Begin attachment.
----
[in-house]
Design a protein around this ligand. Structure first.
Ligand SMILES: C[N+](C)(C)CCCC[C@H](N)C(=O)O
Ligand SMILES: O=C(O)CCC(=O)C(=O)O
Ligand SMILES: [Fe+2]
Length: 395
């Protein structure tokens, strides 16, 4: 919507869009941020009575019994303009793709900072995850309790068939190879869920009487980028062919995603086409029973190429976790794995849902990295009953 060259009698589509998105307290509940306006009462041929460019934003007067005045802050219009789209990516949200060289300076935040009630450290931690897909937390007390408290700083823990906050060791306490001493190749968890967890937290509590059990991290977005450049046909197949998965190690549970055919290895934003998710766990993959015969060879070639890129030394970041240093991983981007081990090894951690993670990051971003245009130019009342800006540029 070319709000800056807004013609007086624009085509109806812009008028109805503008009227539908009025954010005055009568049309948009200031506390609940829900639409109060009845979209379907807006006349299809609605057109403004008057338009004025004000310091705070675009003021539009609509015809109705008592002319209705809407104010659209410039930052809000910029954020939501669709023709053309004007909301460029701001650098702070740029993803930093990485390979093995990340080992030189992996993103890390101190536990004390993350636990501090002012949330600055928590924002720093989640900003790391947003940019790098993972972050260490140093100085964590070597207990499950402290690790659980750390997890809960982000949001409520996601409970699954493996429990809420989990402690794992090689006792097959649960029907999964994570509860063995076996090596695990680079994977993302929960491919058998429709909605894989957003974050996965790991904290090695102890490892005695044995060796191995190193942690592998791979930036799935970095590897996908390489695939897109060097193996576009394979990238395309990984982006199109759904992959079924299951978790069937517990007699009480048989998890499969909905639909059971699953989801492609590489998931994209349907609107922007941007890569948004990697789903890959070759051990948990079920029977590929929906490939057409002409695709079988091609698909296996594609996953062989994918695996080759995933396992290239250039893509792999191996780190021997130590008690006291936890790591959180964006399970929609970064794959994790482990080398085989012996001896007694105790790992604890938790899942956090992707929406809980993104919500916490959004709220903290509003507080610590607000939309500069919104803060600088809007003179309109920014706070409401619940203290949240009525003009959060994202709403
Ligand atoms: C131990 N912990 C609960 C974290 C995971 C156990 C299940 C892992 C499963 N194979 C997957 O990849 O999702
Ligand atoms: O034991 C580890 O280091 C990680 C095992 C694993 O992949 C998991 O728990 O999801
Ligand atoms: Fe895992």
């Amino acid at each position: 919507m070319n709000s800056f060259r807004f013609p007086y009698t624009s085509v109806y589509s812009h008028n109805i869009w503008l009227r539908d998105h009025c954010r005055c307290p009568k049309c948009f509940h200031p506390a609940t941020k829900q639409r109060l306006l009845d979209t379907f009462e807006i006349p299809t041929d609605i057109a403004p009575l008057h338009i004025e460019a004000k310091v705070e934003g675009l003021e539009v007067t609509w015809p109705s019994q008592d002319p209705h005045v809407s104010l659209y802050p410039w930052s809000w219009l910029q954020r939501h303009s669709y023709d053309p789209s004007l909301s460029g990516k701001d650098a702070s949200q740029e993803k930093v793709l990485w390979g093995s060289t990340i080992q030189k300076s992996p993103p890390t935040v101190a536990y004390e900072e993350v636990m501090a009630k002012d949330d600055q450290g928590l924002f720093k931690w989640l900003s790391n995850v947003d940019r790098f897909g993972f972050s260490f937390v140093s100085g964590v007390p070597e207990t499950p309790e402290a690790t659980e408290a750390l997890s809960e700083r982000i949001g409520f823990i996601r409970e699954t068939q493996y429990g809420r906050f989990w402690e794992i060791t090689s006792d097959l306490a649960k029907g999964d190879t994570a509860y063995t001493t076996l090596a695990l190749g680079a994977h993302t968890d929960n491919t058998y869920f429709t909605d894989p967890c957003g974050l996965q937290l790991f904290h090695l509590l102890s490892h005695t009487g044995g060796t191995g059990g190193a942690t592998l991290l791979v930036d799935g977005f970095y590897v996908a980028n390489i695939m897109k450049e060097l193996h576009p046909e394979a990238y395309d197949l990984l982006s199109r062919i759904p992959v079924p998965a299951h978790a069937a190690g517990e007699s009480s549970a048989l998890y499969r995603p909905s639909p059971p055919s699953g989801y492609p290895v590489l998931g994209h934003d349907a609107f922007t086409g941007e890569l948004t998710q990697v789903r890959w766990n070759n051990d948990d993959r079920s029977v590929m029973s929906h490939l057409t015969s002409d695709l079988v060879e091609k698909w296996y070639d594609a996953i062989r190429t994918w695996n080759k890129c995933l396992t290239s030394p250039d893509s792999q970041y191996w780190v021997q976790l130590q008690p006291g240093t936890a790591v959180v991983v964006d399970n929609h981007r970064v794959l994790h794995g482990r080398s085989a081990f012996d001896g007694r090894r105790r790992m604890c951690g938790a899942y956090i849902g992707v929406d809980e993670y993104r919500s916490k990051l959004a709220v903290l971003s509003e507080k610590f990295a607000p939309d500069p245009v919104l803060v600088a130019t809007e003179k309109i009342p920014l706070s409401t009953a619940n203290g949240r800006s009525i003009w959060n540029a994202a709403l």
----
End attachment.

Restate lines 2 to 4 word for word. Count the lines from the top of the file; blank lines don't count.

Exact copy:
Design a protein around this ligand. Structure first.
Ligand SMILES: C[N+](C)(C)CCCC[C@H](N)C(=O)O
Ligand SMILES: O=C(O)CCC(=O)C(=O)O